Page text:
SEPT 14, 2003
 Cover Story
 Personal Finance
 Case Game
 Back of the Book

Q&A: Jagdish Sheth
Given the quickening 'half-life' of knowledge, is Jagdish Sheth's 'Rule Of Three' still as relevant today as it was when he first enunciated it? Have it straight from the Charles H. Kellstadt Professor of Marketing at the Goizueta Business School of Emory University, USA. Plus, his views on competition, and lots more.

Q&A: Arun K. Maheshwari
Arun Maheshwari, Managing Director and CEO of CSC India, the domestic subsidiary of the $11.3-billion Computer Sciences Corporation, wonders if India can ever become a software product powerhouse, given its lack of specific domain knowledge. The way out? Acquire foreign companies that do have it.

More Net Specials
Business Today,  July 20, 2003
The Best Back-Seat Drives

The cars that take Corporate India's execs around and what makes them go that extra mile for their high-power owners.

Big wheels: An all-time favourite of CEO's, the S-Class Merc makes driving on bombed-out Indian roads a breeze

The Pub As Fashion Brand

Where Is Fashion Made In India

T610: No It Itn't Arnie Redux

CEO Cellphone Quirks

Health Notes

Health Snippets

Hans-Michael Huber, DaimlerChrysler's boss in India must love Indian executives because they love his cars. The Merc is ubiquitous in CEO garages because Indian CEOs love to be chauffered around in them. Most of them-save a few rare exceptions-love the Merc's rear seat. No wonder all the Mercs sold in India have their suspension adjusted to deal with bad Indian roads so that the big boss sitting behind has no idea that his driver may be negotiating a bombed-out stretch of tarmac. And the Merc of choice for the corner room occupant? Obviously, the S-Class, variants of which can come with options like a special massage seat, a refrigerator and a sunroof. And, of course, the small matter of a price tag of Rs 70 lakh plus, which ensures that this writer will never come close to buying one.

What makes the Merc the preferred car for executives, not just in India, but more or less the world over? First off, the three-pointed star oozes class. Arriving in a Mercedes (particularly, the enormous S-Class) is a statement of having arrived on the planet (or rather the world of the rich and the famous). But Mercedes cars do not sell on 'badge' value alone. They may be big, but they are certainly not slow. The Indian-made S-320 is a fast car; if one has to get to the airport in a hurry it can do just that. And sitting in the back seat, you will not feel a thing. The car is so comfortable it makes Business Class feel cramped. Legroom? The car is vast enough for you to play cricket inside. You do have a little fridge tucked away behind the central armrest, for that bottle of bubbly to celebrate a major business success. An electronic massager (optional) on the rear seats to give you a rub down after those long executive lunches at the Belvedere. Wood and leather are standard, but you get those even on a C-segment car nowadays. When driving over the excuses for roads that litter India in an S-Class you won't feel a thing, you can happily snooze for hours on end, and you won't know whether you are on the Mumbai-Pune expressway or the construction zone outside Lilavati Hospital. Noise? What noise? All you can hear is yourself snoring and the occasional muffled cough from your driver.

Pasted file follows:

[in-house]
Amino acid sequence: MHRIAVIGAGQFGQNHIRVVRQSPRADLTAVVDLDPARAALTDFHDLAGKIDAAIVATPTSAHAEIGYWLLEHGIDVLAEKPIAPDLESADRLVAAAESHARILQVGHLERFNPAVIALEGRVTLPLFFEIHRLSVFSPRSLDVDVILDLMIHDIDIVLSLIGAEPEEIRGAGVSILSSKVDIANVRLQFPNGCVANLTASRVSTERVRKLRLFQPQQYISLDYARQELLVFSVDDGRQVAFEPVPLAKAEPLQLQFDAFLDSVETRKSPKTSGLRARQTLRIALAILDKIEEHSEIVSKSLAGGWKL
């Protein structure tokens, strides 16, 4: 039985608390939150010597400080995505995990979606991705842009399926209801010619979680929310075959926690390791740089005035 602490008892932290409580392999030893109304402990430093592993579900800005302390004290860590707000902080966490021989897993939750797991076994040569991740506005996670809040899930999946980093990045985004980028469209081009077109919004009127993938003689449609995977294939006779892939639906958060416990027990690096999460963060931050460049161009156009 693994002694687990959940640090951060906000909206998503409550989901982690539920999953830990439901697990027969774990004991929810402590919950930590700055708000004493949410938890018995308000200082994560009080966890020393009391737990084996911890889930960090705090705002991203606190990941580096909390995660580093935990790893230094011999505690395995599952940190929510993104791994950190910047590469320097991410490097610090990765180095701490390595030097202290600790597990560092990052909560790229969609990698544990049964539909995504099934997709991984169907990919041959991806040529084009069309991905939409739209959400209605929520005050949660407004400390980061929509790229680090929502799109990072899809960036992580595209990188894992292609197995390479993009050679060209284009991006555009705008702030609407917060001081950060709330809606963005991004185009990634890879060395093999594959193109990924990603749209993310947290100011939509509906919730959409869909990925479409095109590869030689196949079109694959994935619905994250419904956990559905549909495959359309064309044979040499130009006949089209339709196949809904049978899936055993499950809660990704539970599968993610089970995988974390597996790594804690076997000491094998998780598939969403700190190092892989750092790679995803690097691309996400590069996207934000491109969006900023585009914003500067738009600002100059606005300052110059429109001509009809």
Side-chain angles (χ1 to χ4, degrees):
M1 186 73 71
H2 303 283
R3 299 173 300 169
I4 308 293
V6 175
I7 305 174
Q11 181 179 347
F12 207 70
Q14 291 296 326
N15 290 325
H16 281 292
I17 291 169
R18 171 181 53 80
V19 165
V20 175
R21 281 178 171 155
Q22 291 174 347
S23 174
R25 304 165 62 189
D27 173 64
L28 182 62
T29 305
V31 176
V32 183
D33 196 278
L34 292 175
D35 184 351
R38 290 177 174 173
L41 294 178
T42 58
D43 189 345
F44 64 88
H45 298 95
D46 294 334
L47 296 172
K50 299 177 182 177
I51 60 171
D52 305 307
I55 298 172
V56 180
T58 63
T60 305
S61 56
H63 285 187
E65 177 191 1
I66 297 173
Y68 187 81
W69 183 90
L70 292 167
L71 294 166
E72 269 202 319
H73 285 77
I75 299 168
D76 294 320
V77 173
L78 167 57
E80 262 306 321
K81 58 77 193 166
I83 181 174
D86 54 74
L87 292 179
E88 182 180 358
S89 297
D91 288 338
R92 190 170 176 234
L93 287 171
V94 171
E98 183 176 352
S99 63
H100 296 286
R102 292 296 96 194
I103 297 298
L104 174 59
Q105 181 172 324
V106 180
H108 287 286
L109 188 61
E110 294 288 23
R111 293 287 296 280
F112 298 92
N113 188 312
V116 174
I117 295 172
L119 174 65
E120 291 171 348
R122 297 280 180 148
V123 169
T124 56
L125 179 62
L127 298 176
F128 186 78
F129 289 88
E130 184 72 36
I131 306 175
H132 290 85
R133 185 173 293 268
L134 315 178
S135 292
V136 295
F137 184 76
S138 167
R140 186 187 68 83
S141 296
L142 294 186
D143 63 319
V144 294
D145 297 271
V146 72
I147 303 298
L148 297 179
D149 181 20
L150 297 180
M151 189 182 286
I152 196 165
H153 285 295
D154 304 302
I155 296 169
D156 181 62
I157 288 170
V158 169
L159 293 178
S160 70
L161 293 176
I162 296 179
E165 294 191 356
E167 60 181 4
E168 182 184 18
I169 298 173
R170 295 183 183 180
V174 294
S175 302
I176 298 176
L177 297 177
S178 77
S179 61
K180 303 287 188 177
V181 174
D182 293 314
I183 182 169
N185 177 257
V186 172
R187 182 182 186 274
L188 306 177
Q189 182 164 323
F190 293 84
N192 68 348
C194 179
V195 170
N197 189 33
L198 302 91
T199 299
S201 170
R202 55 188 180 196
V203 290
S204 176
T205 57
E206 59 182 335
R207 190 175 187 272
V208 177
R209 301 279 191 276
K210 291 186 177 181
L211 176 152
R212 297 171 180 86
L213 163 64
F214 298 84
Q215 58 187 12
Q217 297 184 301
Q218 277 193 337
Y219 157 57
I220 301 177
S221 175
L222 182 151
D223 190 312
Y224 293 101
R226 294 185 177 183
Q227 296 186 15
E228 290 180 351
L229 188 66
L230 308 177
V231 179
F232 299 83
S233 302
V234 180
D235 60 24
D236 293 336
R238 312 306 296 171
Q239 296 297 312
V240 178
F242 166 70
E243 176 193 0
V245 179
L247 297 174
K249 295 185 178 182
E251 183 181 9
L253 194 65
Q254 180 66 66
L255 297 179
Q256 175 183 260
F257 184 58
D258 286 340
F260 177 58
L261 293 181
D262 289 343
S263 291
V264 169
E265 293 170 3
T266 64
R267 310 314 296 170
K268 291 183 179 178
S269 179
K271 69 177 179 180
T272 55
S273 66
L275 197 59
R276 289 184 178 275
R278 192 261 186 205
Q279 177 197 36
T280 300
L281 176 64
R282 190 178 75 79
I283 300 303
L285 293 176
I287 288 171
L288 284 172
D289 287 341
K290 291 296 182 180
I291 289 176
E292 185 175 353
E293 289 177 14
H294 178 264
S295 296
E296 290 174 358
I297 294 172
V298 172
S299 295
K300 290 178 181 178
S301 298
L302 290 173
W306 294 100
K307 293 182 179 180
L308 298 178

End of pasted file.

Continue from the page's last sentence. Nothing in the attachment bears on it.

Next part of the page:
Tata Safari: Ratan Tata's choice for weekends
Toyota Qualis: Nandan Nilekani's hot favourite

Owners include Pawan Munjal of Hero Honda and Sunil Mittal of Bharti Tele-Ventures. If you want to go a step better, you get yourself the even more powerful S500, which has a monstrous V8 engine inside and comes with the option of getting company fitted LCD screens on which you can watch the latest movies via the nifty DVD player. Mukesh Ambani shows up at Knowledge City in a silver grey S500 every working day.

That said, the S-Class is as luxurious as any of its competitors, like the BMW 7-series, which is as German, but slightly better looking from outside and the Lexus LS430. The latter is Anil Ambani's "office car" (in which he sits next to his driver; for fun Ambani drives his new black sports coupe, the Mercedes SL). Of course, it has to be said that the Lexus was made famous by the late Big Bull Harshad Mehta (the earlier LS400 was his weapon of choice). Why a Japanese car in this list? Well Lexus has made an art form of cutting panel gaps (the space between the metal sheets, like between the door and the car body). This makes noise levels inside so low that you could theoretically set up a recording studio inside the car (but where would one place the drum kit?).